Earlier this week, I had the opportunity to address an entire room full of the people who help make Community-Based Learning a viable program for students at Holy Cross. I wrote this speech, which I’ve included below, not only to thank our community partners for the work they do, but to remind them of how this work contributes to our academic and personal growth.
If my four years here have taught me anything, it’s that college isn’t just about what you learn. It’s about the person you become through your learning.
In that respect, CBL has been an invaluable aspect of my experience here at Holy Cross, contributing to both my academic and personal growth. Before I arrived at Holy Cross, social justice and community service were things I’d never really considered.
But now, as a graduating senior, social justice and community service have become integral to my identity as a student and as a citizen. Going out into the community and experiencing both the frustrations and the successes of treating social problems awakened in me a social consciousness developed otherwise.
Being able to forge a relationship with the Worcester community has shaped my college experience into one I’m proud of and excited by. Many Holy Cross students neglect to explore Worcester and claim it as their community. We tend to get wrapped up in the monotony of campus culture so that even when we do engage in community service, we do so with a level of distance.
Our objective is not to get to know the community and make its problems our own; our objective is to become more “well-rounded” by adding yet another item to our collection of commitments and responsibilities. We approach service with romanticized hopes of intimately touching the lives of those we (often condescendingly) deem to be “less-fortunate” than we are.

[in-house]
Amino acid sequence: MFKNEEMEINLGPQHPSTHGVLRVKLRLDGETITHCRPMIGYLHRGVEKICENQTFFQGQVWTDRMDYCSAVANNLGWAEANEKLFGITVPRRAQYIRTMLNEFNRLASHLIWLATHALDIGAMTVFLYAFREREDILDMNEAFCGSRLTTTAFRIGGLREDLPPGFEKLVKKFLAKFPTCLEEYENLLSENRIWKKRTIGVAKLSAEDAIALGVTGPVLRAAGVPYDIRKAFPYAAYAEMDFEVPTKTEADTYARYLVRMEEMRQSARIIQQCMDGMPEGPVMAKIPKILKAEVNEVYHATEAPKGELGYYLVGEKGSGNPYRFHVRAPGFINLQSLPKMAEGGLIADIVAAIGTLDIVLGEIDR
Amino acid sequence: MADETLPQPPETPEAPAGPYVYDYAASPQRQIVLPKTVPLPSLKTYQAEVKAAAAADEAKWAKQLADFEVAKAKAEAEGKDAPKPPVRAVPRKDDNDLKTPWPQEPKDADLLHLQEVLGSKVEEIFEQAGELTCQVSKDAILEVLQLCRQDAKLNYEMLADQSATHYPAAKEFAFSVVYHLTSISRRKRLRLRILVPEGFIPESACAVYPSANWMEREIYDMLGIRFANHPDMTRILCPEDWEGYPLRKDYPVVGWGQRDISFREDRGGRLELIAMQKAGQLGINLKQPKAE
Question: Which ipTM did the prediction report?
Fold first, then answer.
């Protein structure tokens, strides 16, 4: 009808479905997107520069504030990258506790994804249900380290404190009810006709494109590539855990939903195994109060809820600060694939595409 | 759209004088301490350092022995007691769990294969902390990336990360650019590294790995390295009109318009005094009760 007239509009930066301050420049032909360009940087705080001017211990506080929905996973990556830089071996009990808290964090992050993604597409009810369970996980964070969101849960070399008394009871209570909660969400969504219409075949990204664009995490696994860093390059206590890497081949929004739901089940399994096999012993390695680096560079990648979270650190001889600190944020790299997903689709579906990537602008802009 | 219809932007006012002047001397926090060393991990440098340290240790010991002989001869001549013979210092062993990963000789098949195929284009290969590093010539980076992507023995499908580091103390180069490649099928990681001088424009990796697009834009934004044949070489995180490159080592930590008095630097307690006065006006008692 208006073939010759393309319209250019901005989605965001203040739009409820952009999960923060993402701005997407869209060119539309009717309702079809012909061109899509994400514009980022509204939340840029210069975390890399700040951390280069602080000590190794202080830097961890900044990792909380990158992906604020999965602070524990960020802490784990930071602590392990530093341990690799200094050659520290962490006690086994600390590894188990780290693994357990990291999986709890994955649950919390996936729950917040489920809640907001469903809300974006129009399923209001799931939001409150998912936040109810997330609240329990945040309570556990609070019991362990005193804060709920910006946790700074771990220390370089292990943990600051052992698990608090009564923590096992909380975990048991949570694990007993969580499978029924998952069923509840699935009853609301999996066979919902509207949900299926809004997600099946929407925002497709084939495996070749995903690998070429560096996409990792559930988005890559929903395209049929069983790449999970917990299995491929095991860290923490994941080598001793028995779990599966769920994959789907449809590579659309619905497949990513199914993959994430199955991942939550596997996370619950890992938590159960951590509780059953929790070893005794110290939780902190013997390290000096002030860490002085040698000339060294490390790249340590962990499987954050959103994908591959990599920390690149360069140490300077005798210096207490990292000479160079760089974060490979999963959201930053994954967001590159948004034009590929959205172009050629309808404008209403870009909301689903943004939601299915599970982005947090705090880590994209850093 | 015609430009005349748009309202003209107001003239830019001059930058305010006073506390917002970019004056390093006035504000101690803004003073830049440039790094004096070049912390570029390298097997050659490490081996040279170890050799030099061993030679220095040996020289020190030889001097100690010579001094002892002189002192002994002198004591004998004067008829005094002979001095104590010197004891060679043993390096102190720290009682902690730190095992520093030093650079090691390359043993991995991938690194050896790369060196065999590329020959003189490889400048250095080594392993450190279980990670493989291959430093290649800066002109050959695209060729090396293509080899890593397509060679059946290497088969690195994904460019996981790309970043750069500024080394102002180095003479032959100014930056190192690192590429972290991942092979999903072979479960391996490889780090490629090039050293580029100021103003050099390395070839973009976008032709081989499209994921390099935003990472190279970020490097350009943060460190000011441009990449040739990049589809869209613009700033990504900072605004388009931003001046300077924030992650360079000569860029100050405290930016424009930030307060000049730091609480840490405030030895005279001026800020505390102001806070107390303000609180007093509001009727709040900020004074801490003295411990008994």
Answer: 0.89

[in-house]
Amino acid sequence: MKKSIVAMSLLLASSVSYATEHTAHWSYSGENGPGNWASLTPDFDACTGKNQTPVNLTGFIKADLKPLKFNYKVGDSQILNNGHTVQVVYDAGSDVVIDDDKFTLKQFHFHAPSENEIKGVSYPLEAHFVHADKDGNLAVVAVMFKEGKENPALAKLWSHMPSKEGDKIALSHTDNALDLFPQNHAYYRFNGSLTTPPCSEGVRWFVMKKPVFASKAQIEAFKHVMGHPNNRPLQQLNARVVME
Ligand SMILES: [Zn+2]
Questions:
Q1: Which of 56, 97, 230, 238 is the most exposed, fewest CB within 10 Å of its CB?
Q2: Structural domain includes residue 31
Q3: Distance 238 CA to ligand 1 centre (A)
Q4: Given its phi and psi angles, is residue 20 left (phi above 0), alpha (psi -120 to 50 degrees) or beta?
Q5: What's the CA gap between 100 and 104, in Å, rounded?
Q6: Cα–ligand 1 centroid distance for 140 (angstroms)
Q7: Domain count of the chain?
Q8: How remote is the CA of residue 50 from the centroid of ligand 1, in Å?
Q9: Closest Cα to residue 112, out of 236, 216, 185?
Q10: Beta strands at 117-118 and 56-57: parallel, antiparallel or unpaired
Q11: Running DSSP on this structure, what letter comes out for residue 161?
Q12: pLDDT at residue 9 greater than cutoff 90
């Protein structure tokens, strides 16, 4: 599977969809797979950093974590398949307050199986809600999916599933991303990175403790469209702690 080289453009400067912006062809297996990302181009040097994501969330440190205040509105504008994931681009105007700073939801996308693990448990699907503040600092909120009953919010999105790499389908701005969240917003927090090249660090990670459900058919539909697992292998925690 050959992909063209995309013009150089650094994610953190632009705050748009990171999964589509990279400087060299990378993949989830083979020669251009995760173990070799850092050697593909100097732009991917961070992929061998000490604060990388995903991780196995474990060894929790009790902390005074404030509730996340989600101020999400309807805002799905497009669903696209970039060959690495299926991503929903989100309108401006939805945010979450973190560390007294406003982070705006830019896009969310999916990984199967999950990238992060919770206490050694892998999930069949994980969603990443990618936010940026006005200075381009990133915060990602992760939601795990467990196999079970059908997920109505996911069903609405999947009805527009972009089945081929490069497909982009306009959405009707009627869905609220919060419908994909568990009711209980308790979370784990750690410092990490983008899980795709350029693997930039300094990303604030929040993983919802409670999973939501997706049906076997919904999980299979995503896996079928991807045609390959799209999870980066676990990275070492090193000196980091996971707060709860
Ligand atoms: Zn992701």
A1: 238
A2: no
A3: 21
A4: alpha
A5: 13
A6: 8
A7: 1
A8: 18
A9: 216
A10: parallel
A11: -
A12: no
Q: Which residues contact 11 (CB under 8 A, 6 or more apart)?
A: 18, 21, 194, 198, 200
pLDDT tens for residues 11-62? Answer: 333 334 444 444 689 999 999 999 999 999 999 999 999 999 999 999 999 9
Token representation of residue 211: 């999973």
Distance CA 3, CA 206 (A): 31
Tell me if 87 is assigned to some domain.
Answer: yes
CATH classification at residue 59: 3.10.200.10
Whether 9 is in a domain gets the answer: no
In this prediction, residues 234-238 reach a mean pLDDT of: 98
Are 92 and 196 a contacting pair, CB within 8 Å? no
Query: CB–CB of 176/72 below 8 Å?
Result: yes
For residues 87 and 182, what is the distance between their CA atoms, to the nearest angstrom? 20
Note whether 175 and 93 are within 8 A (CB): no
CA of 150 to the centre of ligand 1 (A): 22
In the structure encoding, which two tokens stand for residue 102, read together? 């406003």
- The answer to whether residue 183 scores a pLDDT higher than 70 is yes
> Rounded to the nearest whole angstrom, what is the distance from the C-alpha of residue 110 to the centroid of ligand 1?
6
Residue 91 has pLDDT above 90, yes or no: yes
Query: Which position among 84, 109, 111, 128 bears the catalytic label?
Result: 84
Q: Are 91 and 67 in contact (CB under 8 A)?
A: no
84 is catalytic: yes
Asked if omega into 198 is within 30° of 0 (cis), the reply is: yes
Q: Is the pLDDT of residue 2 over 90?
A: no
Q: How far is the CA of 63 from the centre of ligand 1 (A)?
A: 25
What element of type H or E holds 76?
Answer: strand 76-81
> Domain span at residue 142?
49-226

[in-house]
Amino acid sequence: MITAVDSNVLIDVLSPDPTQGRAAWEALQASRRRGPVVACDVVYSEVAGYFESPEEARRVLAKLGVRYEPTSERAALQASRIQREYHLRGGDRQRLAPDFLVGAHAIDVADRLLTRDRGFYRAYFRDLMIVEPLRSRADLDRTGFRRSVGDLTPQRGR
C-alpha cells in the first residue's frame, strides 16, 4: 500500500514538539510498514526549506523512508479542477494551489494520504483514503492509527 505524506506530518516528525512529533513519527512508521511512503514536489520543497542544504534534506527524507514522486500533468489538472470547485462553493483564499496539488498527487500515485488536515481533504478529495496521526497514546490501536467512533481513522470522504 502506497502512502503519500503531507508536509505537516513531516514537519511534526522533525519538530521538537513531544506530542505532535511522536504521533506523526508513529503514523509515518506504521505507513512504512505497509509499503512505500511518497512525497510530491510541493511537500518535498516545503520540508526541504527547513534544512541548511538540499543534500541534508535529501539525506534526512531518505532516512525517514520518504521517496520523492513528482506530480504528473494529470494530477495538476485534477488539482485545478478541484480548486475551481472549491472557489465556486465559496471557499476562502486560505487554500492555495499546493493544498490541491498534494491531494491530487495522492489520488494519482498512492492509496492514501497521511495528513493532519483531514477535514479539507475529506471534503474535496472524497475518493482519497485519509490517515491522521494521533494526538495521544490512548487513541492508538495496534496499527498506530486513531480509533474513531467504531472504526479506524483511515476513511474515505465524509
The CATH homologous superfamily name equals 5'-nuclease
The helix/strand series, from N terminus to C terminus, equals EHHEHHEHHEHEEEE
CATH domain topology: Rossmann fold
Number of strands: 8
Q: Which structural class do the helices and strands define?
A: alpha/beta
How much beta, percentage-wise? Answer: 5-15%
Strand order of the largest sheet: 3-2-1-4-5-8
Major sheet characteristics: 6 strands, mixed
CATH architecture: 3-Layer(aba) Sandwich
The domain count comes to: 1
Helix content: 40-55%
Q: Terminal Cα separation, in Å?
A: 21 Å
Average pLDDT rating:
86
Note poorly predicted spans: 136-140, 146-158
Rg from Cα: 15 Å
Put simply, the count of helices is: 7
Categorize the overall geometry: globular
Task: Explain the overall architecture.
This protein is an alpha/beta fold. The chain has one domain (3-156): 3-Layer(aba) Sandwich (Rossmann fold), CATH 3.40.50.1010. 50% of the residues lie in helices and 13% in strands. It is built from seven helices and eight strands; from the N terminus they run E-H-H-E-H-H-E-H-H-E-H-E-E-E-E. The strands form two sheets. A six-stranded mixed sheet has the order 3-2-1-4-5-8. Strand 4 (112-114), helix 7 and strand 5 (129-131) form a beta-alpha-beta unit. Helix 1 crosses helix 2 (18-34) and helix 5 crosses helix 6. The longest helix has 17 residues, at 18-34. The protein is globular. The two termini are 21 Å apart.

I’ll be the first to admit I initially became involved in service at Holy Cross for that very reason. It wasn’t until I unwittingly enrolled in a CBL course that the paradigm of service shifted for me. When I found out my Introduction to Women’s and Gender Studies course would require me to go out into Worcester and try to determine how our course objectives played out in the real world, I was skeptical.
But as the semester progressed, I came to see the pedagogical value of observing theory in practice. For me, engaging in the community didn’t just illustrate the social problems and structural inequalities discussed in our course readings; engaging in the community broke down the “us/them” boundary many of my peers carefully maintain between ourselves and the Worcester community. Immersing myself in the community made theoretical problems and inequalities personal imperatives.
Through the relationship I’ve grown with the Worcester community, I’ve come to see Worcester not as a place I inhabit between vacations but as my home. I’ve come to see broader social problems as personal calls to action. I’ve come to see that theory and practice are never mutually exclusive things.
In the same way, I’ve learned that academic and personal growth often develop in positive feedback loops. As my academic objectives pushed me into the community, the community’s willingness not only to receive me but to teach me changed my personal perspective on social justice and community engagement. This new perspective then inspired a sense of urgency in my academic pursuits that continues to motivate me in questioning the ways inequality is constructed in our society.
So, if I can speak for my fellow Community-Based Learning students and Interns, on behalf of all of us, I’d like to thank the community partners who warmly and generously open up their doors for us. Thank you for taking the time to engage with us in such deep and inspiring ways. The impact you have on our lives stretches far beyond the four-year window of our time here at Holy Cross.
–Rachel E. Greenberg, ’15